While liberal critiques tack between reforming the US constitution and attempting to achieve progress within it, it remains true that the nine justices in critical respects govern the country. Few constitutional lawyers would attempt to generalise or extrapolate from this set-up to other states and other constitutions. These have their own problems: hence Loughlin’s tour d’horizon. Wherever he invites us to look, however, the horizon is far from cloudless. India’s constitution may be a formal model, as Loughlin suggests, but what Modi’s Bharatiya Janata Party has been able to do within it is symptomatic of a universal problem of which Germany in 1932-33 is only the most acute example, namely what can happen when the democratic process itself concentrates state power in anti-democratic hands. The collapse of state into party is barely the beginning.

Israel,​ to which Loughlin also devotes attention, resembles the UK in having no written constitution. In its place Israel recognises a group of statutes it calls its Basic Laws, which have at least allowed its Supreme Court to rule on the constitutionality of some of the Knesset’s measures. But there is a profound irony, for UK lawyers at least, in the reforms now being demanded by the ultra-nationalist coalition which is keeping Benjamin Netanyahu in office (and out of the dock). These include shifting judicial appointments and promotions, at present made by a nine-member committee drawn from government, parliament, bench and bar, into the hands of politicians; restricting the power of the courts to declare legislation incompatible with the Basic Laws; and reducing the advice given by the attorney general from its present near oracular status to that of a contestable opinion. The irony is that the UK, with a constitution composed of common law, statute and convention, has an attorney general who is anomalously both the government’s independent legal adviser and one of its ministers (in contrast to, say, the Indian constitution, which requires the attorney general to give his or her legal advice to the legislature in public). Until the creation in 2006 of a judicial appointments commission, all UK judicial appointments were made in private by a politician, the lord chancellor. So far as concerns the possibility of judges striking down constitutionally offensive primary legislation, the UK Supreme Court earlier this year reiterated: ‘The most fundamental rule of UK constitutional law is that Parliament, or more precisely the Crown in Parliament, is sovereign and that legislation enacted by Parliament is supreme’ – a rule that would empower the Knesset at any time to do whatever it wants to the Basic Laws, without any need for new constitutional powers.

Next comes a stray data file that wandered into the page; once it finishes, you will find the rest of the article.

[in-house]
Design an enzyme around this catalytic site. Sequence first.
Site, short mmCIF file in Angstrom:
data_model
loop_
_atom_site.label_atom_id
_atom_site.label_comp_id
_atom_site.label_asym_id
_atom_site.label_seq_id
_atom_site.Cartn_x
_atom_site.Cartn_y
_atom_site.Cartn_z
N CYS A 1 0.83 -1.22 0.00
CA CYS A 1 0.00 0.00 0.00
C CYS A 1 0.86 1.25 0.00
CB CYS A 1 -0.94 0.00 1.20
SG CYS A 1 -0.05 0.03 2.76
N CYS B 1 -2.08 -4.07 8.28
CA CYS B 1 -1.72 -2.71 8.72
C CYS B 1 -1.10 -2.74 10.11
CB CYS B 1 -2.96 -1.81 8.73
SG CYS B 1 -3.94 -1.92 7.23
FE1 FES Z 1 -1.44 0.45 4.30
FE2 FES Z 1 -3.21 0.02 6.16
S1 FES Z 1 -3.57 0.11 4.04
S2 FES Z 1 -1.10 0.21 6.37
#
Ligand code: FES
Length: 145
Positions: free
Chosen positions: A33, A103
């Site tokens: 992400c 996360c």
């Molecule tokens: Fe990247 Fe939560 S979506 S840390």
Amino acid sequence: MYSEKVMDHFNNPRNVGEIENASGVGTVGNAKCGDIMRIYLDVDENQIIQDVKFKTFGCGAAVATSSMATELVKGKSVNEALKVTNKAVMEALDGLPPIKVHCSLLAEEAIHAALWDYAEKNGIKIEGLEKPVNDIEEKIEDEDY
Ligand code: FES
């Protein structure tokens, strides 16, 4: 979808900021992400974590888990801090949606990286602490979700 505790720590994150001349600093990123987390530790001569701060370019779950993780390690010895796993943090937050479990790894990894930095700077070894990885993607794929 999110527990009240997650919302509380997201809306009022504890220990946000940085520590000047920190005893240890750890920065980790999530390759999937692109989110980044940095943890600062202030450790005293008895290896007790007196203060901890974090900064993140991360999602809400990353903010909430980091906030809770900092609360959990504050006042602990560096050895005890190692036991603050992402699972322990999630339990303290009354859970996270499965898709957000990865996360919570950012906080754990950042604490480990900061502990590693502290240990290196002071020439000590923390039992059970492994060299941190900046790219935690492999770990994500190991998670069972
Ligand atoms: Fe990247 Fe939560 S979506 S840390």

Why then should we be worried – as we undoubtedly should be – about reforms that will approximate Israel’s constitution to what is, or was until recently, that of the UK? The reason is that its promoter and beneficiary will be an ultra-nationalist coalition that wants to clear the legal ground for solving what its supporters continue to refer to as the Arab problem: more extensive arbitrary arrests, killings and house demolitions, and the eventual annexation of the West Bank as well as East Jerusalem. Israel’s apartheid system will be secure once the Basic Laws, which declare Israel a ‘Jewish and democratic state’ in which ‘the Jewish people have a unique right to self-determination’, are placed definitively beyond the reach of the courts; the attorney general’s advice to government ceases to carry any particular weight; and the judges fear for their jobs if they upset the government.